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  • Samira Dardour

Coronavirus, Yachting and the Future of America’s Cup 2021


While the coronavirus pandemic has hit all major businesses hard, yachting in particular is among the worst-hit industries.

From crew members getting their contracts put on hold or withdrawn altogether, to superyacht owners suffering financial losses, this has proven to be one of the toughest periods for yachties.

What started as a distant threat dismissed by many as an “exaggeration” has turned into a serious crisis for not just the yachting industry or even New Zealand, but the entire world.

But it’s not all bad news. Things are getting better as we speak. For instance, there have been zero fresh cases of Covid-19 in New Zealand over the last four days.

The country has entered Alert Level 2 since last week and life seems to be getting back to normal. People are finally getting out of homes, schools are opening up, and businesses are coming back in full swing.

But what does it all mean for the yachting industry? More specifically, what does the future hold for America’s Cup 2021 in New Zealand?

Let’s explore that below.

The Impact on America’s Cup 2021 in New Zealand

Yachties and fans alike have been eagerly waiting for America’s Cup 2021 in New Zealand for a long time. But the onset of the coronavirus has replaced the excitement with uncertainty.

For starters, out of the 100+ luxury boats that were expected to start arriving by the end of the year, many are likely to pull out due to border restrictions. According to Peter Busfield, the head of the Marine Industry Association, that figure could be as high as 50 percent.

Despite many setbacks, the organisers have announced no plans of cancelling or delaying the event. At least not yet. in otherwise. The actual loss could be a lot higher as the 50% or so luxury boats that do plan on visiting may not get border clearance after all.

But visiting boats are not the only ones pulling out.

Getting a racing superyacht and the team ready takes a lot of time and effort. But with the borders closed and no opening date in sight, the challengers are uncertain if they’ll make it.

For instance, the Malta Royal Altus Challenge has already announced withdrawal from the 2021 event in Auckland. This has been a huge blow for the event organisers and fans alike, and unless things change soon, other challengers might follow suit.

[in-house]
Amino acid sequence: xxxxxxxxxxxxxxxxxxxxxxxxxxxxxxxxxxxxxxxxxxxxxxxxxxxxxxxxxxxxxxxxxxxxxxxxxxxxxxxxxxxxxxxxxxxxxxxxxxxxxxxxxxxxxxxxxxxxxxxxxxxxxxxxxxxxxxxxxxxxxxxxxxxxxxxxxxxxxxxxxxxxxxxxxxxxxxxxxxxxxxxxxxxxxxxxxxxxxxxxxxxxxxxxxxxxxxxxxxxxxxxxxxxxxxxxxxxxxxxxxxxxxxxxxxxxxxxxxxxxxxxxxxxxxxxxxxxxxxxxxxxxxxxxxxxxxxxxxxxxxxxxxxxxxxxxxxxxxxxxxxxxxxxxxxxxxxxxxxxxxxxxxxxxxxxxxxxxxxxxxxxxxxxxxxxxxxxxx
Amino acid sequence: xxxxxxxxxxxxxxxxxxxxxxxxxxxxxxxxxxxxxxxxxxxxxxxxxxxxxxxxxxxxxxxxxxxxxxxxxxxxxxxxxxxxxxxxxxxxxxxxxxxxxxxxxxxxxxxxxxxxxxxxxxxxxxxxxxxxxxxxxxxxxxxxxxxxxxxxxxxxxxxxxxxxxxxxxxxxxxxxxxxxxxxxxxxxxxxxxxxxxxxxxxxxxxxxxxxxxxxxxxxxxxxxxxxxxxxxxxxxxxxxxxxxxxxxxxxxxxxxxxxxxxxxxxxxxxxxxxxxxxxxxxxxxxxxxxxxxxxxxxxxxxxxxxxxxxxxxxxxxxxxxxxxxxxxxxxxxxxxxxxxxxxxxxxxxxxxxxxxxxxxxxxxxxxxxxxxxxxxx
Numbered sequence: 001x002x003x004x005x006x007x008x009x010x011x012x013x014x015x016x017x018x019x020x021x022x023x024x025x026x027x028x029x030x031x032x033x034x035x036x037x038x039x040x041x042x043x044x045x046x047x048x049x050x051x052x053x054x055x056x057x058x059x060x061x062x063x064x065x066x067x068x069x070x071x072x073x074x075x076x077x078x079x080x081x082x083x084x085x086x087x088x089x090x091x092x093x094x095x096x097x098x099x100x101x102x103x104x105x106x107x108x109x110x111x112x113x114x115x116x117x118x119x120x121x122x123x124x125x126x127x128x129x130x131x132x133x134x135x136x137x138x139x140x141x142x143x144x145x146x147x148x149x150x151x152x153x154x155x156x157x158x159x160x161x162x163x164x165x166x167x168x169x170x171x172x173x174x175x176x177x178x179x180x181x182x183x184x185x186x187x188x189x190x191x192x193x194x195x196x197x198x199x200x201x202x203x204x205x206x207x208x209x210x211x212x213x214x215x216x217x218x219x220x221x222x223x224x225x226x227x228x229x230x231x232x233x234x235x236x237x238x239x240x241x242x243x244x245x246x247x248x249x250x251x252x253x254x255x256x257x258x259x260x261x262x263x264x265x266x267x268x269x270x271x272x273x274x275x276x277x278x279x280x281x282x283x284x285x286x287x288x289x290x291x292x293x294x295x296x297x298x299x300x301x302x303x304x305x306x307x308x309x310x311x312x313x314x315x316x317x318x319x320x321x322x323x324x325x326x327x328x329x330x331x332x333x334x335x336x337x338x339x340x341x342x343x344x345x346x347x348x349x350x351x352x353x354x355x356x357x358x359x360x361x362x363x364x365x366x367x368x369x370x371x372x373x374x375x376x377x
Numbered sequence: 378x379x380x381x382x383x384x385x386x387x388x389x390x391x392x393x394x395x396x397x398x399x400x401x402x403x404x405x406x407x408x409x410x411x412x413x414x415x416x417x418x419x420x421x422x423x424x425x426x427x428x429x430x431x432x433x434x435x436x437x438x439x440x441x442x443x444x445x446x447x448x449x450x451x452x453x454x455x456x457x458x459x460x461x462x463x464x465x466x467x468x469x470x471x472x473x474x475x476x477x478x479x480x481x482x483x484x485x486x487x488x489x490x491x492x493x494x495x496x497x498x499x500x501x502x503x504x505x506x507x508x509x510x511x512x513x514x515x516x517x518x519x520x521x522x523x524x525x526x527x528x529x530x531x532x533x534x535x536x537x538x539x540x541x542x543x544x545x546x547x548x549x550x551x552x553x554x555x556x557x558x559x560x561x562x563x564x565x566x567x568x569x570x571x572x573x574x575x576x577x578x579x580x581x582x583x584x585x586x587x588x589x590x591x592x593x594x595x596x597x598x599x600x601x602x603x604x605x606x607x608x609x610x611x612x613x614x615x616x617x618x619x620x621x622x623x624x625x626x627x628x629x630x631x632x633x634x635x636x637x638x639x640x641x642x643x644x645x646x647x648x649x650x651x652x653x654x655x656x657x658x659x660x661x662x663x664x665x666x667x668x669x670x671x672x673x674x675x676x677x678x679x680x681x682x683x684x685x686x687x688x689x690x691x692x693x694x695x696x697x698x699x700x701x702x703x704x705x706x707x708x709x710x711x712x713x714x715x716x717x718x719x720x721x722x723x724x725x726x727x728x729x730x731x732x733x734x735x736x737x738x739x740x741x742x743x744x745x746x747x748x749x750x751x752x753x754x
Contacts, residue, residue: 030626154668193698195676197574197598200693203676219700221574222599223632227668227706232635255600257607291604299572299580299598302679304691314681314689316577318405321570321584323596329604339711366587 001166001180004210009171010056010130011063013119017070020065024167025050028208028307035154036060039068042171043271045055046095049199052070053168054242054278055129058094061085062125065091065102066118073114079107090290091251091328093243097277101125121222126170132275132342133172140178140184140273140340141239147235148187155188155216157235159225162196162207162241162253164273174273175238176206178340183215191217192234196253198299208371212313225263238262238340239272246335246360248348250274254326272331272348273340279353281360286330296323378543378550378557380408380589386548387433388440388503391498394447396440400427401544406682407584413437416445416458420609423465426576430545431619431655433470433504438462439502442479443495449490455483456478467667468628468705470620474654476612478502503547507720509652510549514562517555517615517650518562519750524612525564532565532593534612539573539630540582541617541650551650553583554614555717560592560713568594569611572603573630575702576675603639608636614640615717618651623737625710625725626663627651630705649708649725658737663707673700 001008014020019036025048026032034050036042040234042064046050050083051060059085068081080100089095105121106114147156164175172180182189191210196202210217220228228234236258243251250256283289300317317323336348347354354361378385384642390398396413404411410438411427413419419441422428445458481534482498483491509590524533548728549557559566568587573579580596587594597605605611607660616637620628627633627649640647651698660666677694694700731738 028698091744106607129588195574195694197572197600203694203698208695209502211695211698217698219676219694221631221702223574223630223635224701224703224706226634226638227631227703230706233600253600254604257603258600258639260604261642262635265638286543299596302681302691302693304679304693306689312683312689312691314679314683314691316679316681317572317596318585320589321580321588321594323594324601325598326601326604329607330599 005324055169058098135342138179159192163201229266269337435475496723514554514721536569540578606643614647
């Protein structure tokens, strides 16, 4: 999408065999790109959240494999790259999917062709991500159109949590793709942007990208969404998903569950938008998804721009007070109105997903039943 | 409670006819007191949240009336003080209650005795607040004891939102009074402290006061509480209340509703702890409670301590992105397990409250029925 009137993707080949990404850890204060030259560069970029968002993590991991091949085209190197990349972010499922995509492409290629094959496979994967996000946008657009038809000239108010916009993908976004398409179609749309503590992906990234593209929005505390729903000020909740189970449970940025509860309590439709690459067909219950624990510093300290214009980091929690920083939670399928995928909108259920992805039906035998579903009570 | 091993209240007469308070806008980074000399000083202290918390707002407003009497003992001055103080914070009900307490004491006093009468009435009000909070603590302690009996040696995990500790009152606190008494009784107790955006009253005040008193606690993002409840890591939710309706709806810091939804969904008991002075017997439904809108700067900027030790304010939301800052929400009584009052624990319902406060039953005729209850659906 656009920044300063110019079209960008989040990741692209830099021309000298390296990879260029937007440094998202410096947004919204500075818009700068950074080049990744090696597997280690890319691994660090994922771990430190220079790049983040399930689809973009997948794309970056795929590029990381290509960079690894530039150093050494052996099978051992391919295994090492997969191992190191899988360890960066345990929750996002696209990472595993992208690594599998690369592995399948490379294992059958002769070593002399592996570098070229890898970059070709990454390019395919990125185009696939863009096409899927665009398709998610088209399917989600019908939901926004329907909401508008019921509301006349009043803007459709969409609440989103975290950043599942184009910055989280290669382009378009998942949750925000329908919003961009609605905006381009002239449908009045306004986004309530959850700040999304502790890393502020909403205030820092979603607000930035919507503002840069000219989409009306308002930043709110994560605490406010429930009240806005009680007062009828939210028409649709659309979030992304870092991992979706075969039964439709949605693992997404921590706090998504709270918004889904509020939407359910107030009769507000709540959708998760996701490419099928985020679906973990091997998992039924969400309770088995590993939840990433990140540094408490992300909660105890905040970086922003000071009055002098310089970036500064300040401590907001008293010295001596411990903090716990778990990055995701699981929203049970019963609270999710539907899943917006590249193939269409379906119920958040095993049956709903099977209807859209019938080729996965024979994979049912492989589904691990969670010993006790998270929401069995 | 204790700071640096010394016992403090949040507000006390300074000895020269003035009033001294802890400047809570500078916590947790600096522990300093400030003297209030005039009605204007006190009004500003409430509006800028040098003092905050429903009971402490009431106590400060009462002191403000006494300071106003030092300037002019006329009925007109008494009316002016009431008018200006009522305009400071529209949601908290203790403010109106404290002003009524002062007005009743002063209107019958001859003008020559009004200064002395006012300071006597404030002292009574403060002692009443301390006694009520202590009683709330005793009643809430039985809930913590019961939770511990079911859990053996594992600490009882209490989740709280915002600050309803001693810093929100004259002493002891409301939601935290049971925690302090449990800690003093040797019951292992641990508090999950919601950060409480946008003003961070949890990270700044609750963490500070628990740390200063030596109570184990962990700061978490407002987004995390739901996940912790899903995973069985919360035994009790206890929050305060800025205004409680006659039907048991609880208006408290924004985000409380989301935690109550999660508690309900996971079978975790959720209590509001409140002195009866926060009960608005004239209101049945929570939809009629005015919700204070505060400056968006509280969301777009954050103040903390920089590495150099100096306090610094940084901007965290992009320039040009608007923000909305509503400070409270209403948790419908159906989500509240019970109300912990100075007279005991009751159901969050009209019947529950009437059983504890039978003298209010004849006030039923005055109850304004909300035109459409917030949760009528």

Furthermore, based on the latest reports, representatives from challenging teams are growing frustrated because of the lack of information from the government.

So the most burning question right now is...


Despite many setbacks, the organisers have announced no plans of cancelling or delaying the event. At least not yet.

With the millions of dollars and countless hours already invested, everyone is working hard to make the event happen.

For instance, US team American Magic has already started the process to export their AC75 to Auckland and it’s expected to arrive early next month.

Furthermore, most expert analysts, including senior yachting journalist Richard Gladwell, are expecting the cup to go ahead as planned. The local authorities in Auckland are also of the same optimistic view.

Keeping all those details in mind, the event is likely to go on as scheduled.

Naturally, there are no guarantees as anything can happen in the months leading up to March 2021. But with zero new virus cases over the past few days and the recent shift to Alert Level 2, things are expected to get better from here.

If the event does go on as scheduled, there will be a lot of work available as naturally a lot of crew members won’t make it, even if the border restrictions are lifted.

So if you’re looking to work as a captain, steward, boat engineer, or any other crew role — right now is a great time to register in our database. This way you’ll be one of the first to hear of any fresh job opportunities.

You can join our database by filling our simple registration form here.




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Sam@ourmarine.co.nz
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